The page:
# How to prove $\lim_{x \to \infty}\frac{\log(x)}{x}=0$? [duplicate]

I will soon make a math exame where one can't use L'Hôpital's rule, integrals concept neither the formal limit definition. The most I can use is the derivative definition and the algebraic ways to solve limits.

My thought was:

Let $\displaystyle \lim_{x \to \infty} \frac{\log(x)}{x}=y$, so $\displaystyle \lim_{x \to \infty}\log(x^{\frac{1}{x}})=y$.

Then,

$$\displaystyle \lim_{x \to \infty}e^{\log(x^{\frac{1}{x}})}=e^y \Leftrightarrow$$

$$\displaystyle \lim_{x \to \infty}x^{\frac{1}{x}}=e^y$$

I ended with an indetermination.

How can I proof the $\displaystyle \lim_{x \to \infty}\frac{\log(x)}{x}=0$ with the restritions and as formal it can get? Thanks.

## marked as duplicate by Did limits StackExchange.ready(function() { if (StackExchange.options.isMobile) return; $('.dupe-hammer-message-hover:not(.hover-bound)').each(function() { var$hover = $(this).addClass('hover-bound'),$msg = $hover.siblings('.dupe-hammer-message');$hover.hover( function() { $hover.showInfoMessage('', { messageElement:$msg.clone().show(), transient: false, position: { my: 'bottom left', at: 'top center', offsetTop: -7 }, dismissable: false, relativeToBody: true }); }, function() { StackExchange.helpers.removeMessages(); } ); }); }); May 23 '15 at 17:10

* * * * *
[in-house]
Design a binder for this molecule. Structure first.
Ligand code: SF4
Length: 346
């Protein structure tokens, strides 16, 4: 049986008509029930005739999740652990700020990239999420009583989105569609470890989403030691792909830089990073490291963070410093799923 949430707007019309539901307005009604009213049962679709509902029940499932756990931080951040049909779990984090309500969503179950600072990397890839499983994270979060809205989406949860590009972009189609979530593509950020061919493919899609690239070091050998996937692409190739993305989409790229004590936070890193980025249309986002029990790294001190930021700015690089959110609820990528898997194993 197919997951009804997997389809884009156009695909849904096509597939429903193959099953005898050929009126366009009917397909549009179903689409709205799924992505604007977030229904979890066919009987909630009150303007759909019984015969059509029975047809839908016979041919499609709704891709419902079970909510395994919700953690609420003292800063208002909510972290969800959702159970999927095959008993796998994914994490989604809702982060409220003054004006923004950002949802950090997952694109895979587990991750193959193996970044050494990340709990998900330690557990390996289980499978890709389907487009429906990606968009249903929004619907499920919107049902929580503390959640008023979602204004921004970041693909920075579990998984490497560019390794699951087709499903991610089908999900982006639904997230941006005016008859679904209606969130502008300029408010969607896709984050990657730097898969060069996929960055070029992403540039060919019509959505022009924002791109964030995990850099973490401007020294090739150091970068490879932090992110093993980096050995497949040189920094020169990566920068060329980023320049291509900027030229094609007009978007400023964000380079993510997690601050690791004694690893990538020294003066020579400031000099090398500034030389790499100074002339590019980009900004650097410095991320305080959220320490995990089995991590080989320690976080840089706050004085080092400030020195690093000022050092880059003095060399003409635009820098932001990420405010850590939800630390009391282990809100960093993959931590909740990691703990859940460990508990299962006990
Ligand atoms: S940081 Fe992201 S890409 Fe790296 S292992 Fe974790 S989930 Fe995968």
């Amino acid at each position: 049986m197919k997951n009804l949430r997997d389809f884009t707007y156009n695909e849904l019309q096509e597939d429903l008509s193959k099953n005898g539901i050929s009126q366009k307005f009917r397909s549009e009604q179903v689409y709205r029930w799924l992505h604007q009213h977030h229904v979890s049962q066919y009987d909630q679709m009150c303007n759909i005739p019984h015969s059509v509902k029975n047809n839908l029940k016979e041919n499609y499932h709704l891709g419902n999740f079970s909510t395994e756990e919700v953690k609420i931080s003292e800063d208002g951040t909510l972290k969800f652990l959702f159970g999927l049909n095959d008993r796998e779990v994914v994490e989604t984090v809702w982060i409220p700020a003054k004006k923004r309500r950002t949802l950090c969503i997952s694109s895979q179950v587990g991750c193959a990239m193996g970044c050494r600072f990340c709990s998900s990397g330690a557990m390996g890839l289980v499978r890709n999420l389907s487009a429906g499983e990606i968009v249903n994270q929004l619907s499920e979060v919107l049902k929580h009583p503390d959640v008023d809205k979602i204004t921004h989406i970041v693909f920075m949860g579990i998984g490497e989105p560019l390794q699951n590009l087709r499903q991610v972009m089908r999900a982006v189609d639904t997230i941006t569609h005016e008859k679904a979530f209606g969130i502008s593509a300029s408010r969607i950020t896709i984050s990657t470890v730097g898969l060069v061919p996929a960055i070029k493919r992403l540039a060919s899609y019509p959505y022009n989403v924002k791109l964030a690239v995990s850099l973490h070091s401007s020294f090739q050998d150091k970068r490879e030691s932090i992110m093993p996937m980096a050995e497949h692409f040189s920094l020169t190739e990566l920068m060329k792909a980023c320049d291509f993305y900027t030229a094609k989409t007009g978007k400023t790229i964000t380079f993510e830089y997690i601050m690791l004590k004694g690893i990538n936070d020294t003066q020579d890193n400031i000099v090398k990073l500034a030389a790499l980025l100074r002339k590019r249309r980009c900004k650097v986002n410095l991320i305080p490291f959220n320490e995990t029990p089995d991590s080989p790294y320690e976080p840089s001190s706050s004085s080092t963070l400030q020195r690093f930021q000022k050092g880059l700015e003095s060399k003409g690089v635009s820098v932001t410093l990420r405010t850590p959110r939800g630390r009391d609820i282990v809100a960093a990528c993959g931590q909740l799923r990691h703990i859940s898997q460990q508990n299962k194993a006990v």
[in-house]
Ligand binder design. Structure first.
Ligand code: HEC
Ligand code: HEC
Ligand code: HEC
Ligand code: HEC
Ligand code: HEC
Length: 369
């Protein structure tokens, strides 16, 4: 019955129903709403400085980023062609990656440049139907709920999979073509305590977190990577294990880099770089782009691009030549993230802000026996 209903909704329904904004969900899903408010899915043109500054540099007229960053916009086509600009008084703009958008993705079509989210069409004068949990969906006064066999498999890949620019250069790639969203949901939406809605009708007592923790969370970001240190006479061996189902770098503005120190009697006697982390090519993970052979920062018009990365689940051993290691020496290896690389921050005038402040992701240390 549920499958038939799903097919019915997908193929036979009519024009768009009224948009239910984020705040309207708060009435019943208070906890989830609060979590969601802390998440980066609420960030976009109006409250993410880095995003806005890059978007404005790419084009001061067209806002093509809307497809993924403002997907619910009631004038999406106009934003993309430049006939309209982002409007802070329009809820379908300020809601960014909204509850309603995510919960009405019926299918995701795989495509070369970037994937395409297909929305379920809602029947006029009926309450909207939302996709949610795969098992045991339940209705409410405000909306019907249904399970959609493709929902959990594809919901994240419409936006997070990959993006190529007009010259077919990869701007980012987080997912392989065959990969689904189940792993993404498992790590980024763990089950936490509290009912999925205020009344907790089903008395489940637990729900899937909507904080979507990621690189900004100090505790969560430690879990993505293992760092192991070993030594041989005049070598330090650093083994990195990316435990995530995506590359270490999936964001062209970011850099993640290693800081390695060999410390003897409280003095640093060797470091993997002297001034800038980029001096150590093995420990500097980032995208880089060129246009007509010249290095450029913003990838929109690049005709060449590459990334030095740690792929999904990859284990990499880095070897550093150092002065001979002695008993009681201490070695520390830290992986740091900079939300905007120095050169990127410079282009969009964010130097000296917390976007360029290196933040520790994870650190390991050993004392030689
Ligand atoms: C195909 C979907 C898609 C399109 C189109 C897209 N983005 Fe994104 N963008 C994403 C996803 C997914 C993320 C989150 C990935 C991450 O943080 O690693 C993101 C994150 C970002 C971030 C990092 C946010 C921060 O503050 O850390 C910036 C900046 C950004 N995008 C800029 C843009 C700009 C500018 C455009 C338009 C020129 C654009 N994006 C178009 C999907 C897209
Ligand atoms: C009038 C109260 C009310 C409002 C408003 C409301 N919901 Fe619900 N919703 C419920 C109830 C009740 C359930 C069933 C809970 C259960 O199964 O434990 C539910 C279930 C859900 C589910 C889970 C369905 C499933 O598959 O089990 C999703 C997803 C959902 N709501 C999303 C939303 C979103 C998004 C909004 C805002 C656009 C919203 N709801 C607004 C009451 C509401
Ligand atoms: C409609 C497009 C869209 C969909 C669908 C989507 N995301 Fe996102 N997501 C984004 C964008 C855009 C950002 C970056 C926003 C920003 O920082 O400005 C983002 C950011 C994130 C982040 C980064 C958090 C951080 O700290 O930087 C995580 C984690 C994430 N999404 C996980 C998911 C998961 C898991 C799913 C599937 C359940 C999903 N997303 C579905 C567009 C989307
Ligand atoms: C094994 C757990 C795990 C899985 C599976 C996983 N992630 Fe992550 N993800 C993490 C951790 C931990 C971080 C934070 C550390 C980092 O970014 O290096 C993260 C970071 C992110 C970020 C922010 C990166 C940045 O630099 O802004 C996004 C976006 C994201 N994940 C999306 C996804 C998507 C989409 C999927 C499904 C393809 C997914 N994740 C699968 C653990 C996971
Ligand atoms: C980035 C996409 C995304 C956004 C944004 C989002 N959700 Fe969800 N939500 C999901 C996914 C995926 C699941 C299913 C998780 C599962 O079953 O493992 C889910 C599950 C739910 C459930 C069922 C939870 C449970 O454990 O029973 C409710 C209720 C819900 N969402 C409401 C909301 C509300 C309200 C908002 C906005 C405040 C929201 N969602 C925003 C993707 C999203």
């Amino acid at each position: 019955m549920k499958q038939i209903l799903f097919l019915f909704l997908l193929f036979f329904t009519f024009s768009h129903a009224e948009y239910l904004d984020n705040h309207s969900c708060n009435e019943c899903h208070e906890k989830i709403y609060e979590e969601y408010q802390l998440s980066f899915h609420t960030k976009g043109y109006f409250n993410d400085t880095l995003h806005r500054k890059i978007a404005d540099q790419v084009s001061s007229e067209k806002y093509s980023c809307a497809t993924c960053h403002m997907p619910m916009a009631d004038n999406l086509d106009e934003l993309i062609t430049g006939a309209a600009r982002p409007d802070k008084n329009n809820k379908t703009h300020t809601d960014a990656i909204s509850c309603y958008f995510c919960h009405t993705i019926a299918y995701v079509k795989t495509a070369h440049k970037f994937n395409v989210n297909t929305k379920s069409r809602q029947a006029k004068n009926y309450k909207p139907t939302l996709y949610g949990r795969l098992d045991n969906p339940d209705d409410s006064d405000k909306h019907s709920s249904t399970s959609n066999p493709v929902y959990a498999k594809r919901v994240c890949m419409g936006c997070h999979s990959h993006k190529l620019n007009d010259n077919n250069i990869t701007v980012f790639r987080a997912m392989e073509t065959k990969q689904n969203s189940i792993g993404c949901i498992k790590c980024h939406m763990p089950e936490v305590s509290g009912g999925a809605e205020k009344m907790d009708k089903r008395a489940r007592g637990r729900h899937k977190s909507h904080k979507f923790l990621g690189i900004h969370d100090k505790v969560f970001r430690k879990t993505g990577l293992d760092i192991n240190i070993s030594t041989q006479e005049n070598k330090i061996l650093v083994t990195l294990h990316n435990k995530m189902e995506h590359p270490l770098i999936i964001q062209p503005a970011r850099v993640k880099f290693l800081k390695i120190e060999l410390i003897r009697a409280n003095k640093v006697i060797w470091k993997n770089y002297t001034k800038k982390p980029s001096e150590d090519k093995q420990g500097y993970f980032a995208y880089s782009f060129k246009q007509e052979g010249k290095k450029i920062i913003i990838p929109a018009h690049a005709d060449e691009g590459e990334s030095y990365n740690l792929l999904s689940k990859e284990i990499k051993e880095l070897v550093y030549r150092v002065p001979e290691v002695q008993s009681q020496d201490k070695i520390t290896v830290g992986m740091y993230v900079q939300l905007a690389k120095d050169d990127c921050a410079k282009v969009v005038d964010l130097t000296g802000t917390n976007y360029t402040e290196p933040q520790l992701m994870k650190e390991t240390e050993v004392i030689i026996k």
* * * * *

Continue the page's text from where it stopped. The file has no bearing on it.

This question has been asked before and already has an answer. If those answers do not fully address your question, please ask a new question.

• Then you need to say what you can use, for example how you define the logarithm. – Did May 23 '15 at 17:08
• Look back maybe?(it was you who asked about it) – JukesOnYou May 23 '15 at 17:10
• @Did The question specified the prohibition of L'Hospital's Rule. The answers to the "already asked question" used L'Hospital's Rule. – Mark Viola May 23 '15 at 17:31

## 1 Answer

Write $\log(x)=y$ then $x=e^y$ and as $x\to\infty$, $y\to\infty$.

You want to find $$\lim_{y\to\infty}\dfrac{y}{e^y}$$

But $e^y\geq 1+y+y^2/2!$ for any $y\in\mathbb R$ hence $$0\leq\lim_{y\to\infty}\dfrac{y}{e^y}\leq\lim_{y\to\infty}\dfrac{y}{1+y+y^2/2!}=0$$ so $$\lim_{y\to\infty}\dfrac{y}{e^y}=0$$